Did anybody get hurt?
"No, no one got hurt, I was traveling with a very prominent United States soldier and Al-Kaida had discovered that we were there and was targeting us, so it was a couple of hours very thoughtful. But it makes you realize, for me it was two hours, for the men and women in uniform it's every day. It makes you understand that commitment that they have."
So it can be really dangerous for artists to travel and perform for the troops.
"Well, I've been there a lot and that was the only time I ever knew, so I haven't felt endangered for the most part."
Was there a lot of security taking care of you?
"Yeah, very much. They don't want an artist to be killed. You don't want anyone to be killed. But when you are likely to have your name in the paper, big deal, because you're a celebrity. There are different levels of celebrity. I'm not saying that I am famous when I say you're a celebrity, but when you're well-known and you're an entertainer, then some people say you're celebrity and if something happens to you while you are in Iraq, Afghanistan, it's a bad headline."
You performed in Italy a couple of weeks ago. Are you going to get back to Europe anytime soon?
"I would love to go back to Europe this next year. I have been invited by several people to different parts of Europe. I cannot wait to do that, I hope I'll have the opportunity."
Have you played in Europe before besides the show in Italy and the German Awards show?
"I was in Gstaad, I've played in Craponne, I've played for the German Country Music Federation TV show, I've played in different places in Germany, I've played in England."
When you play in the US and in Europe, can you see any differences in the approach of the audience?
"I can see some real differences. I remember when we played at the festival in Craponne. The first four five songs I wasn't certain if people were enjoying because they weren't making a lot of noise. And I thought maybe they aren't liking this and then I found out they liked it very much, they were listening. And I think American audiences listen in a louder way, they cheer more, they're having a party, and you play music and they're screaming and shouting while the music is played. I suppose in Europe in many places this happens but my experience with country music in Europe has been that when you play, people are listening more actively, they're listening more purposefully. They are focused on the music and this I like very much."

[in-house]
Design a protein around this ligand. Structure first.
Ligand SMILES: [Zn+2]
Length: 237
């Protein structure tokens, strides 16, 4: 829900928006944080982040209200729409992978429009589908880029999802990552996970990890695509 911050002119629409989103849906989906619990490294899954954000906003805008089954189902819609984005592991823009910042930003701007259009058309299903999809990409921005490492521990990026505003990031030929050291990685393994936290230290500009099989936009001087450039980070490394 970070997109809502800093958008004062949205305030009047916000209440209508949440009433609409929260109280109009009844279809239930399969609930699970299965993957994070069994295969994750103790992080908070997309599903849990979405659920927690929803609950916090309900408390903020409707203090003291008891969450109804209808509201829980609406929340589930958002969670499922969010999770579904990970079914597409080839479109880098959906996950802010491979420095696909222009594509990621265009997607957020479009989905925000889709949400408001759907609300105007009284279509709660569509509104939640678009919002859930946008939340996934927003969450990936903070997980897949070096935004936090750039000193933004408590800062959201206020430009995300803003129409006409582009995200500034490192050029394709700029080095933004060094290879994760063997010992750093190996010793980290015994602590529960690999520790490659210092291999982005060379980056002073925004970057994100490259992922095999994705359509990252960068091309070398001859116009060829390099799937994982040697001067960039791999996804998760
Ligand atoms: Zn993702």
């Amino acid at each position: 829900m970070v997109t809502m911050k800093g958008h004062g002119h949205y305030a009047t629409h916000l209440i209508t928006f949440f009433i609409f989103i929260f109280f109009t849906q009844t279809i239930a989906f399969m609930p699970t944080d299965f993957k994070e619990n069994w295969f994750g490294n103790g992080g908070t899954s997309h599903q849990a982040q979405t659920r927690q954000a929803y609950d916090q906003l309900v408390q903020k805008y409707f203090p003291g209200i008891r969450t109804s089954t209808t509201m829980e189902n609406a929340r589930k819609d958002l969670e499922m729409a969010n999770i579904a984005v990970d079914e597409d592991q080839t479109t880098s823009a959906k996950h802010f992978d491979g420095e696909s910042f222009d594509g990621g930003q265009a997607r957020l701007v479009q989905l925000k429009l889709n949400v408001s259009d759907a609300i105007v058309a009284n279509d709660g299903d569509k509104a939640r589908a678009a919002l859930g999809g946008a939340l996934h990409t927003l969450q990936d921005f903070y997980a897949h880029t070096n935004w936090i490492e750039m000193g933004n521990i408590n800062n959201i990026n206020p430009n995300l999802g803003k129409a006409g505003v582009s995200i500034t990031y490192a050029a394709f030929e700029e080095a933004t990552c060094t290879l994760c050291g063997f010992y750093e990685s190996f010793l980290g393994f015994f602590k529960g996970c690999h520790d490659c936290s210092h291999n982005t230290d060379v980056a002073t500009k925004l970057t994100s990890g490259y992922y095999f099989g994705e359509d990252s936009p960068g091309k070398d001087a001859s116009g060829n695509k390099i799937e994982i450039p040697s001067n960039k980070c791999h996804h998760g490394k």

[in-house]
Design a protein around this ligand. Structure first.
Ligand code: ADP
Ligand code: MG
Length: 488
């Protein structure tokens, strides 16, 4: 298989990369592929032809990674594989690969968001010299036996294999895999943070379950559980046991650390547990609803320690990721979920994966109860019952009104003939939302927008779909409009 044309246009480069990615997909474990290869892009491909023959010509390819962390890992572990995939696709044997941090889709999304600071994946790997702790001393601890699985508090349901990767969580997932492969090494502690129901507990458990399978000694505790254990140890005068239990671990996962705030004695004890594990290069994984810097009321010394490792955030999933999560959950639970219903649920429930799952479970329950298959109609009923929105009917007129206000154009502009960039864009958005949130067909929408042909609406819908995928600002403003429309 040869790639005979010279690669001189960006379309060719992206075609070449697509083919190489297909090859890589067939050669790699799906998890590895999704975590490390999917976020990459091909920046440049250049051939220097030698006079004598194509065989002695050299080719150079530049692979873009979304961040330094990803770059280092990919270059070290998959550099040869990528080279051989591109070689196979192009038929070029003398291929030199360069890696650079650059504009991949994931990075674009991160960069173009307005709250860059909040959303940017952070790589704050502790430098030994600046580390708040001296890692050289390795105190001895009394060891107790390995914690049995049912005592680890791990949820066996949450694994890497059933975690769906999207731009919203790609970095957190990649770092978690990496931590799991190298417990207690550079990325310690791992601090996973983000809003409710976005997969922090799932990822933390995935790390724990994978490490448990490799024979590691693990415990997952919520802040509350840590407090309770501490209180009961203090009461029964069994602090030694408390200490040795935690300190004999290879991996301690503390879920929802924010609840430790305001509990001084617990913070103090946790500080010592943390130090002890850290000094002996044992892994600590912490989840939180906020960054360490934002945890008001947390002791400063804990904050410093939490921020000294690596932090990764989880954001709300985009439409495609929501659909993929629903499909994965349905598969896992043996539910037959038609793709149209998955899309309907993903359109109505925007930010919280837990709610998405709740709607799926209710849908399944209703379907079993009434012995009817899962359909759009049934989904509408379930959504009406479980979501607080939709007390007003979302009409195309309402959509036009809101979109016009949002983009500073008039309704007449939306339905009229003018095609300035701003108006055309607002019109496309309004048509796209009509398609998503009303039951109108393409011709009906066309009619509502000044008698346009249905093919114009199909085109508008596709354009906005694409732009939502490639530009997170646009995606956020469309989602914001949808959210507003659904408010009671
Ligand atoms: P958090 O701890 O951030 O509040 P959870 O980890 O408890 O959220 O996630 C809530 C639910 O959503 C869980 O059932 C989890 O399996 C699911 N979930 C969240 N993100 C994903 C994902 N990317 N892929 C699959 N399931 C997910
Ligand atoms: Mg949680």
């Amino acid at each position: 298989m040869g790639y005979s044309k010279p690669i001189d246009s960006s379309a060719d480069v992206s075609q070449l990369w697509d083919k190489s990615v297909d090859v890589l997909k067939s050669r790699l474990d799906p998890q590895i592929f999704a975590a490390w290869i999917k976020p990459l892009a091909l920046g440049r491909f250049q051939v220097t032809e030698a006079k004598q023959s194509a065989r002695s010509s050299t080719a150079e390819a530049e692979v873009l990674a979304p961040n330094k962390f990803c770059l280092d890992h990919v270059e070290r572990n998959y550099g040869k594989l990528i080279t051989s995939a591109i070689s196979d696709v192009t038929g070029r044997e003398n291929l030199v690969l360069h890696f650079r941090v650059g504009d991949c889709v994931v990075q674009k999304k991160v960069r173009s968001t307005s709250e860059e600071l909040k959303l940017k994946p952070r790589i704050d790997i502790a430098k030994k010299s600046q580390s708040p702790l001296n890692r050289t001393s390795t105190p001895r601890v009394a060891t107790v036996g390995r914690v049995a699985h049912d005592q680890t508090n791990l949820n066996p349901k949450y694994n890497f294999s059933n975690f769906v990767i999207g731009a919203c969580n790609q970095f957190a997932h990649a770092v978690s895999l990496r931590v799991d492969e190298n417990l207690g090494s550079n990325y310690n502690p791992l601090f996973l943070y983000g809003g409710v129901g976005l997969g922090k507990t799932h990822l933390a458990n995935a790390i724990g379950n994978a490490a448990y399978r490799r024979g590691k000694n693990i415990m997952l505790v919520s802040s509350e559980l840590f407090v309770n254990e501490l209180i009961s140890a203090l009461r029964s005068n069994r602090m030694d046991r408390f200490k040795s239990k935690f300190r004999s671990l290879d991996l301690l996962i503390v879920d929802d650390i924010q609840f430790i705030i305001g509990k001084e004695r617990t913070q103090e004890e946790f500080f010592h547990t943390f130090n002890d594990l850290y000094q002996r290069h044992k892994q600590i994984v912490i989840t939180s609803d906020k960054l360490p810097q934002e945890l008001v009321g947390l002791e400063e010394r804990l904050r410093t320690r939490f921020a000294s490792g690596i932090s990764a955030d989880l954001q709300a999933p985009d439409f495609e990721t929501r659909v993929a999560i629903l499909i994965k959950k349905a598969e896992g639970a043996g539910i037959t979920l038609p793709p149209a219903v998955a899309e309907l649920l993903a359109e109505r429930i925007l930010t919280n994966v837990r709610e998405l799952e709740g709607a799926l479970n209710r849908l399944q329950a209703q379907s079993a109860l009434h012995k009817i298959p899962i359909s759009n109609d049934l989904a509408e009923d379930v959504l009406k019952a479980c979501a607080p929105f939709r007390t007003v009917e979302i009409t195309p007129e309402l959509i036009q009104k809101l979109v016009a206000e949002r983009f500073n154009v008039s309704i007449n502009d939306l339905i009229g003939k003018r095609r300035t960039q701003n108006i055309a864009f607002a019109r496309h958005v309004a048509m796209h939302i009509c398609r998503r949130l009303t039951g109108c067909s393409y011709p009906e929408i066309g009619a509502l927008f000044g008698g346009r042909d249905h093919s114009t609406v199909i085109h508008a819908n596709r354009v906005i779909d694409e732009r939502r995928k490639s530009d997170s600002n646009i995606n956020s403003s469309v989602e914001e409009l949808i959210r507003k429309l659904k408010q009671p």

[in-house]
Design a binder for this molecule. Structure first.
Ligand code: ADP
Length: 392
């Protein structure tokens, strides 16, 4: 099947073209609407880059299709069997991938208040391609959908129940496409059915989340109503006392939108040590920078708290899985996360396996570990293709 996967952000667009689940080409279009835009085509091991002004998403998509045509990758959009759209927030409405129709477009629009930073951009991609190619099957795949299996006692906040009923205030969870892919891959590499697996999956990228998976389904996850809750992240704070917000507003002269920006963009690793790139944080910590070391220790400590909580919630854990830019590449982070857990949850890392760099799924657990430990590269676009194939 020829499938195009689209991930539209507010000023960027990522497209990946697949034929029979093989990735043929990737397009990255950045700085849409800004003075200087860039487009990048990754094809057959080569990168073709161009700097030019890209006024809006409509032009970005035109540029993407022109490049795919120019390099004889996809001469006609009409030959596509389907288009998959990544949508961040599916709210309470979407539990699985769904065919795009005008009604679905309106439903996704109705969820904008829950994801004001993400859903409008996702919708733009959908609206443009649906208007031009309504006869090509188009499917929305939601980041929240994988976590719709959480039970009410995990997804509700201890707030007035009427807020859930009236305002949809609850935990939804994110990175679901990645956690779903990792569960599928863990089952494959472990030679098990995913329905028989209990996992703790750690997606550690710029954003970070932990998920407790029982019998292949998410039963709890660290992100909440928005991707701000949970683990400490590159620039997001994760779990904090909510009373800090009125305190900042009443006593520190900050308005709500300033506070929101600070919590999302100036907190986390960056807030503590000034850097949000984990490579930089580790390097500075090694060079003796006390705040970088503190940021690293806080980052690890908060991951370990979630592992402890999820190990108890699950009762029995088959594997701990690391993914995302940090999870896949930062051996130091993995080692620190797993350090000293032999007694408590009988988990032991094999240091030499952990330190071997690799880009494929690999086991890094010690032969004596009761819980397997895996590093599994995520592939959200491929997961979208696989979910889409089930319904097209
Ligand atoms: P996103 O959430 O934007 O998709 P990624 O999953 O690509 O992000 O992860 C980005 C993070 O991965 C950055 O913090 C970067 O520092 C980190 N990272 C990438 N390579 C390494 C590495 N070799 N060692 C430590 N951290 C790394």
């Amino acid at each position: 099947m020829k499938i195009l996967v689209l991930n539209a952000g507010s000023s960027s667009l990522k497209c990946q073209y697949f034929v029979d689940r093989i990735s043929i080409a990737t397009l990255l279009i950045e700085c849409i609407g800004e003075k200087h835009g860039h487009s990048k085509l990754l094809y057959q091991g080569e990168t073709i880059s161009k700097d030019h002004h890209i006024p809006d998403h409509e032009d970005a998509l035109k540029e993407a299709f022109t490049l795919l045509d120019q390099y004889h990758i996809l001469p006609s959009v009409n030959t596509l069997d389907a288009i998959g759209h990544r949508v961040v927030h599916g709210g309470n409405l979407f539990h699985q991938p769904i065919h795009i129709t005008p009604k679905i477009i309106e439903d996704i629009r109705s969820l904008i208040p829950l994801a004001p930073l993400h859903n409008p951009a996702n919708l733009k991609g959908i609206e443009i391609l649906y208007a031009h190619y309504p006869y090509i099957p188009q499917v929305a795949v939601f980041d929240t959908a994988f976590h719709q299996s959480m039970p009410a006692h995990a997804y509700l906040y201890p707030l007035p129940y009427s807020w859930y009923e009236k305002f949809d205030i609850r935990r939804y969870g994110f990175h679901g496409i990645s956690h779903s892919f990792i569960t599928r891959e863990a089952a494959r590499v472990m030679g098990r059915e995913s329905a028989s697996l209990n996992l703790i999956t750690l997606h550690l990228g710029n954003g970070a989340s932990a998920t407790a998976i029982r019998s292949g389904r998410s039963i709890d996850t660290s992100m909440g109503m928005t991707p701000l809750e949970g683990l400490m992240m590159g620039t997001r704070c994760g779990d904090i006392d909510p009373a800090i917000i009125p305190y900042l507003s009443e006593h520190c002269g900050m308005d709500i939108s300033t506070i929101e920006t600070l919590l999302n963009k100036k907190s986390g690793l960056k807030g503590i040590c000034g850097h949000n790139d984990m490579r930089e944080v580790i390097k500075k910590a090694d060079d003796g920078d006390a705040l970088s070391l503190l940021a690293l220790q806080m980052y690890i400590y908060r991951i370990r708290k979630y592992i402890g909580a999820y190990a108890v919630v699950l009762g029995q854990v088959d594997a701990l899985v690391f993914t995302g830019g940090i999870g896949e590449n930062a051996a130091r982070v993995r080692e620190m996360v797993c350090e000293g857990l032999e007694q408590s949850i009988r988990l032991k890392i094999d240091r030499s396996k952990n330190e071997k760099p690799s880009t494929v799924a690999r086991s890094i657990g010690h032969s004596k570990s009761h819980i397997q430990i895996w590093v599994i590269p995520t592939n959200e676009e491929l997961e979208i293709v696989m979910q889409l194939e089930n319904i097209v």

Do you think they appreciate the same kind of country music that is popular in the USA?
"I think there's Duke Ellington said there's only two kinds of music. The kind people like and the kind people don't like. Everyone has different likes and dislikes. It seems to me that in Europe the country music audience wants more traditional and some of what is very very popular here could be considered not traditional enough in Europe. This is my impression."
Have you been in Europe on holiday?
"Actually yes, a year ago in March I went to visit my daughter in Germany."
Do you have any favorite places to visit in Europe?
"I do, I love Europe. I love history, I love art, and that is everywhere in Europe."
Are there any special places you are going to see like Paris or London?
"I've been to Paris, I've been to the Louvre, obviously that was amazing, I saw Mona Lisa, and the great art there. I've been to Milan, saw the Cathedral Duomo and saw the exhibit for the Last Supper. I've seen so many beautiful things, cathedrals, I've really been in a lot of beautiful places. And in Berlin twice. I went to the Pergamon Museum in east Berlin. That is a very special memory for me. I was there before the Berlin Wall came down, I was there after it came down. Hitler's Reichstag, Checkpoint Charlie."
Are there any places in Italy that you visited? Have you been to Rome?
"I didn't go to Rome, I went to Milan, I went to Torino, I went to Lake Como, it's beautiful. But I want to go to Prague. My oldest daughter has been to Prague. And she has been, I have not, this is wrong!" (laughs)
Did you see any pictures from Prague?
"Yeah, sure, so beautiful. My daughter came back she said it was her favorite city in all Europe. She's kept raving about it. So I have to go."
Alright, thank you very much. See you in Prague.
Michael Peterson - "Modern Man"